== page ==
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Memory and Concentration
Storing memories

From The Editors at the Brainwaves Center

confused man
The single greatest misconception people have about memory is that it works like a camera. That would imply that your brain automatically creates objectively accurate records of everything it experiences.

Nothing could be farther from the truth. In many cases, your brain will not remember something until it has interpreted it in a personally meaningful way. For the most part, remembering something demands your full, active participation. “Objective memory” is an oxymoron.

Never underestimate your ability to forget. Your whole life — at age 5, 15, 35 — you’ve demonstrated expert skill at forgetting things, and you’ll remain that way until the end of your days. How does it help to know that? For one thing, it changes the questions you have to answer. Instead of asking “Why do I forget?” maybe what you should really be asking is “Why do I remember?” That question has many answers, but if you’re worrying about your memory the simplest answer is probably this: because you paid attention.

The memory systems of concern here – the ones that most people are concerned about – are ones that are accessible to consciousness. Those are the memory systems that handle memories of facts about the world (sometimes known as “knowledge”) and more personal memories of doing a certain thing with a certain person at a certain time. The older you get, the more knowledge you have, for the most part. So why do people complain about their memory as they age?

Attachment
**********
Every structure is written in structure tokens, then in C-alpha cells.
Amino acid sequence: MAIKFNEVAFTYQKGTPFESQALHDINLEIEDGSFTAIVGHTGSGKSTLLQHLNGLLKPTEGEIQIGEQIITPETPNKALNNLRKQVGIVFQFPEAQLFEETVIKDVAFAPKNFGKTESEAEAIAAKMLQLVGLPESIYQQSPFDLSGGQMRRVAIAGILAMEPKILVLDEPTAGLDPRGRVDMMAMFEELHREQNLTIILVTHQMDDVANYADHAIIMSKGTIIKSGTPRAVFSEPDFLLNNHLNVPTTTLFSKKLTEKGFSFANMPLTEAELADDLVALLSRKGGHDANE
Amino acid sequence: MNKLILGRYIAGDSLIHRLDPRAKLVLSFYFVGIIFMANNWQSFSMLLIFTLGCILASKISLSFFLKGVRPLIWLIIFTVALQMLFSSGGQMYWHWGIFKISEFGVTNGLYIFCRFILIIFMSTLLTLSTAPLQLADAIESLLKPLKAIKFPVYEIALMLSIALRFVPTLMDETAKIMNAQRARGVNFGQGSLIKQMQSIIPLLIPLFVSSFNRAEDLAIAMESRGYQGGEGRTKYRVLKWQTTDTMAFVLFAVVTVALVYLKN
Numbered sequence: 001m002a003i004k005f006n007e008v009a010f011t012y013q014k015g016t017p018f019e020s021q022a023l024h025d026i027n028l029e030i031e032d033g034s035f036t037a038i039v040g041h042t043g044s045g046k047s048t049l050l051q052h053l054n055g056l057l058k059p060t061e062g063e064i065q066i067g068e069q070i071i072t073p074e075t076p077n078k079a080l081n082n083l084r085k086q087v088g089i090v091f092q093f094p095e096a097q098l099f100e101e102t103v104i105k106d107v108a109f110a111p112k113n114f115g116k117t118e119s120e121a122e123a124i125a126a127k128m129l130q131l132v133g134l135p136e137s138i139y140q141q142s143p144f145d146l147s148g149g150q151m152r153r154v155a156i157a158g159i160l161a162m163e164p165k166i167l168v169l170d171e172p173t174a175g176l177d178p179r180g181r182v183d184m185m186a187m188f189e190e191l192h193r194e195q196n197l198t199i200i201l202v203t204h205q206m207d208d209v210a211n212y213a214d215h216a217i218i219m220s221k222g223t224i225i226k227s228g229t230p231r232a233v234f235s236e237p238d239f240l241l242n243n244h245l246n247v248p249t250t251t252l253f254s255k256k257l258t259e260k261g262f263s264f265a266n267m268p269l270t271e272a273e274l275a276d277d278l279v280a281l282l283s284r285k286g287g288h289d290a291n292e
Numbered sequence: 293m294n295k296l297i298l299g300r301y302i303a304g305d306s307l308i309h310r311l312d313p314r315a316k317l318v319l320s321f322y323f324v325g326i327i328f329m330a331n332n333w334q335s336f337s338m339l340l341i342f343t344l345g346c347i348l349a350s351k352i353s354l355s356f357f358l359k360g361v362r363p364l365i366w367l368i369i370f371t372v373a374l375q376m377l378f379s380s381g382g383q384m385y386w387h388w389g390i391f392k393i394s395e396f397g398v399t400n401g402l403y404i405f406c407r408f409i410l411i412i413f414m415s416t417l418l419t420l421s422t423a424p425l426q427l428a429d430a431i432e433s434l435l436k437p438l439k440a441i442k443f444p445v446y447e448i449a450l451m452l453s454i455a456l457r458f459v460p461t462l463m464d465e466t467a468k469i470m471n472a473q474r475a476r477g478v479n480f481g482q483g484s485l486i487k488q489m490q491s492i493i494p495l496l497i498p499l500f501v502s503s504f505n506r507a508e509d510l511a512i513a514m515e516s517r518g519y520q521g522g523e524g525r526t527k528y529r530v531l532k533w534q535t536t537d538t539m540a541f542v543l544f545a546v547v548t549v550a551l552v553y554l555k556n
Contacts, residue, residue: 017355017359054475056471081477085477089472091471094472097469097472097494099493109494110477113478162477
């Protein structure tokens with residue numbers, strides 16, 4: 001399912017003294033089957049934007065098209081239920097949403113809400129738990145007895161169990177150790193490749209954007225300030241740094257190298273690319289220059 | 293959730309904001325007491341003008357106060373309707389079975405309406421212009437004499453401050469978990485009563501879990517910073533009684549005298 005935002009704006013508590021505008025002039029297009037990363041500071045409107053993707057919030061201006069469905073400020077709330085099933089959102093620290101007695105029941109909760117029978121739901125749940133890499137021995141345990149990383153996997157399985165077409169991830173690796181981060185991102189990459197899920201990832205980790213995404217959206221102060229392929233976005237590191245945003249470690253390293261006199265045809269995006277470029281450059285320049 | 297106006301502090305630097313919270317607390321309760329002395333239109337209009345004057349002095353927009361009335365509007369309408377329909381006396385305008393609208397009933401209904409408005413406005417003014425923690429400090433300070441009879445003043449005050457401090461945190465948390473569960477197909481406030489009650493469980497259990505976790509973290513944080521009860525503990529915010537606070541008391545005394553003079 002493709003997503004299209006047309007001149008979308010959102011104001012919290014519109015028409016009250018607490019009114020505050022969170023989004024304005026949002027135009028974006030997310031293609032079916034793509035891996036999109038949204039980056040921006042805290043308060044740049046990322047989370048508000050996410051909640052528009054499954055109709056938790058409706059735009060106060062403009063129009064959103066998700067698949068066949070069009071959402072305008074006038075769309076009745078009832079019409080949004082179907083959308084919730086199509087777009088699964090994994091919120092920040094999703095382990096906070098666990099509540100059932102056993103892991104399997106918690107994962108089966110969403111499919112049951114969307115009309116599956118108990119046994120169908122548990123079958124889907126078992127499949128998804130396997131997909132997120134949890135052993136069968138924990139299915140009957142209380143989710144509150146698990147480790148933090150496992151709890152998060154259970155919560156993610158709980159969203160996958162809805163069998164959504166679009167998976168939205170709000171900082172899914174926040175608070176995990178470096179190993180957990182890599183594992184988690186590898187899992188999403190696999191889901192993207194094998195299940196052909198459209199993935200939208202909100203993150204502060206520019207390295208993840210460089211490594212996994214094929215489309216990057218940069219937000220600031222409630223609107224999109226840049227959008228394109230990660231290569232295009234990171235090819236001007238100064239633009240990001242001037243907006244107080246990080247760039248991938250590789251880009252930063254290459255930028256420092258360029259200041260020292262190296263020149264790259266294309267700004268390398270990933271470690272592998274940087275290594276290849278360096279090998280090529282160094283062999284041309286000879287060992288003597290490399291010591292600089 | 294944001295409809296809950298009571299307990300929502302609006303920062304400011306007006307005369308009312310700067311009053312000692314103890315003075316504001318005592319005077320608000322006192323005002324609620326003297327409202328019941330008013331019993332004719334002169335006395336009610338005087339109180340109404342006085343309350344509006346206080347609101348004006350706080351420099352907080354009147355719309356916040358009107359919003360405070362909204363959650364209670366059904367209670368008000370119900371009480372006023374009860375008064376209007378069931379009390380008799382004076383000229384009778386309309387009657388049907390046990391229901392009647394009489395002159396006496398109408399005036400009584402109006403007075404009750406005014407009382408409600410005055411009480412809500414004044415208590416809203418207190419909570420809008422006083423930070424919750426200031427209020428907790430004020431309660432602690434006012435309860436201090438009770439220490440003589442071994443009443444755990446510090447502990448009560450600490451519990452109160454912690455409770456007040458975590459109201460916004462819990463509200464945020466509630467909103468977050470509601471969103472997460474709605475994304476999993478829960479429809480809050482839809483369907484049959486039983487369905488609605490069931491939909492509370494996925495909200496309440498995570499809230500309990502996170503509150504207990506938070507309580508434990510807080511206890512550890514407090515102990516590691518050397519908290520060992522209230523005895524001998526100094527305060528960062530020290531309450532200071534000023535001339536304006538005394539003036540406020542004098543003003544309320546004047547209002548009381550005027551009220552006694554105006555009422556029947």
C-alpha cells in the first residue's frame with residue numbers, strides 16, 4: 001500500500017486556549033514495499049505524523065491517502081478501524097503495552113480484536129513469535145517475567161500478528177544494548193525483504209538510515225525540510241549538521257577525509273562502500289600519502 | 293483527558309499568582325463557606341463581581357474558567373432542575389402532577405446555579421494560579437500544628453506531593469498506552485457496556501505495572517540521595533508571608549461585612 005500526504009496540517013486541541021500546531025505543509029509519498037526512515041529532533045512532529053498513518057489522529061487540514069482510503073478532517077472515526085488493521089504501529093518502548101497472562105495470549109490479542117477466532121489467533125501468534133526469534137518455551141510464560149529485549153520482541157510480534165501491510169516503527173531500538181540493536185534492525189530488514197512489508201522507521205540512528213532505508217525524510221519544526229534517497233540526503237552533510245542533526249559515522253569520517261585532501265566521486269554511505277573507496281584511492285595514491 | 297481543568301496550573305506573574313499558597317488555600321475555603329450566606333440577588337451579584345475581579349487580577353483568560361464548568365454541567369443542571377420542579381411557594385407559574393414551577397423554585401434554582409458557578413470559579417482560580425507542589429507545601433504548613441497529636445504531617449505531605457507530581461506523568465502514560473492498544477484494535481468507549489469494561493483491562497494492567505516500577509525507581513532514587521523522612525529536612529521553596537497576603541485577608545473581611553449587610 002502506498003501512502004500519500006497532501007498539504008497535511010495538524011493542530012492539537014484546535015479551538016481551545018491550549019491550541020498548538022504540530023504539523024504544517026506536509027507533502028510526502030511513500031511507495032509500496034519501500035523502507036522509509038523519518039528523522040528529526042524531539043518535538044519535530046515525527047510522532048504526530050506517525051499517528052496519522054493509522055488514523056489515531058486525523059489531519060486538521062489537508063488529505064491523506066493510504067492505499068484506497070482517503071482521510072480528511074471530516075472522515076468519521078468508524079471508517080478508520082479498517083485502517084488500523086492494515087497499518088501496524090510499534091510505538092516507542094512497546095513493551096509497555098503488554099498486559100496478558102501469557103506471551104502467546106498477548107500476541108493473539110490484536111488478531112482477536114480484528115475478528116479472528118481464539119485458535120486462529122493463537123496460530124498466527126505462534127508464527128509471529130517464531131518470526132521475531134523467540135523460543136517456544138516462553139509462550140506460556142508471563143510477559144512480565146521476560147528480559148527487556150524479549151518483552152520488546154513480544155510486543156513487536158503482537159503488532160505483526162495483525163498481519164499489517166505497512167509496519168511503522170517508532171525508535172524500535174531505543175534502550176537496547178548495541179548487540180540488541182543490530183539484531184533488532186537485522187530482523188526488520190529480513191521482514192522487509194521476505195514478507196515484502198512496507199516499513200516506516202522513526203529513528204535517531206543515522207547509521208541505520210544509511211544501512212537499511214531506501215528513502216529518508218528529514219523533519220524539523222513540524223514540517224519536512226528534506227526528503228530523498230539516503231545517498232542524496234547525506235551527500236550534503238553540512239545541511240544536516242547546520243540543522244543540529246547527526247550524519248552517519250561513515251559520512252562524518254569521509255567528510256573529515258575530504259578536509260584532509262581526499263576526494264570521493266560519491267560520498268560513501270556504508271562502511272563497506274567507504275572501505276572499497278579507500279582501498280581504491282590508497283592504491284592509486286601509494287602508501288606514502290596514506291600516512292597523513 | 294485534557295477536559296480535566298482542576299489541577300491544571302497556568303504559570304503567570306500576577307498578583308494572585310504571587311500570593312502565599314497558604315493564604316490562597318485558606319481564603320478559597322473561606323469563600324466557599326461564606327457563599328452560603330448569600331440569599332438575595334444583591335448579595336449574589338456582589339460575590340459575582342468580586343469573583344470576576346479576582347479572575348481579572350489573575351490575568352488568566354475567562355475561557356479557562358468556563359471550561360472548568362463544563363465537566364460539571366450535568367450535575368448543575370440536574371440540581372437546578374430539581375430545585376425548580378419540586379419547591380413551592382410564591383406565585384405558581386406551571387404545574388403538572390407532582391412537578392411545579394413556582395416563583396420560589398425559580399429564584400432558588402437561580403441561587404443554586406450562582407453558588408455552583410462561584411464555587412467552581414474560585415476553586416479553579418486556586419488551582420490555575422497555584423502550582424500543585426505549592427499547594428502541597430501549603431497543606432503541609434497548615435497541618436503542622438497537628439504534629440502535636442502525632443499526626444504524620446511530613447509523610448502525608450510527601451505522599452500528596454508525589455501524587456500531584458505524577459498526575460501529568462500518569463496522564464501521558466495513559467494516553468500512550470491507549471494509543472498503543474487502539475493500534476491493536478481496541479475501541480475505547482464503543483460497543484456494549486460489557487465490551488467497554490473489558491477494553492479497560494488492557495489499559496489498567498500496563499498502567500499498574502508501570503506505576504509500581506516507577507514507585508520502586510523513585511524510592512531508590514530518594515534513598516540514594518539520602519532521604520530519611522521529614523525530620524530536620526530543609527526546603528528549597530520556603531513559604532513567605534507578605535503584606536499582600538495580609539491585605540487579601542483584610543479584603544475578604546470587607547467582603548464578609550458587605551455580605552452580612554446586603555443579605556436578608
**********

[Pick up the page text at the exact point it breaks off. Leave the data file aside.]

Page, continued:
In part because it becomes harder for the brain to learn and remember new things. That seems surprising, in a way. After all, if you remember things by interpreting them in a personally meaningful way, the more experiences you have had in your life the easier it should be to do that. The main reason it becomes harder to learn new things is that your brain’s processing speed gradually slows. It becomes harder to do more than one thing at once, so it’s easier to get confused. Your brain may also become less flexible, so it’s harder to change learning strategies in mid-stream. All these things mean it becomes harder to focus.

There’s nothing you can do to change your brain’s processing speed. So far, researchers haven’t found a way to upgrade your brain’s hard drive the way you can do with a computer. But there’s a lot you can do to increase your learning performance even if your processing speed has slowed. It’s all in the techniques you apply.


Come to Your Senses!  

 

Sensory awareness is intimately tied to focus and concentration, as well as to memory. After all, it’s your senses that convey to your brain what it is that you want to remember.

Your senses aren’t just passive data receptors. It’s your brain that determines what you see, hear, smell, feel, and taste. Look at the grid at right:

The first thing you’ll notice is that there seem to be dark spots wherever the white lines intersect — but they disappear as soon as you try to look directly them! They’re not really “there” in the image itself. It’s your brain that’s creating them.

Next, focus on the black dot for about half a minute.

Then focus on the white dot. You’ll notice that another black grid appears that you couldn’t see before. You’ll also notice it’s moving a little.

 

Black Squares Grid

The movement of that afterimage shows that your eyeballs are moving very slightly back and forth, even though you don’t normally notice it. Why not? Because your brain compensates for the movement of your eyes to create a stable image — or the illusion of one

     
   
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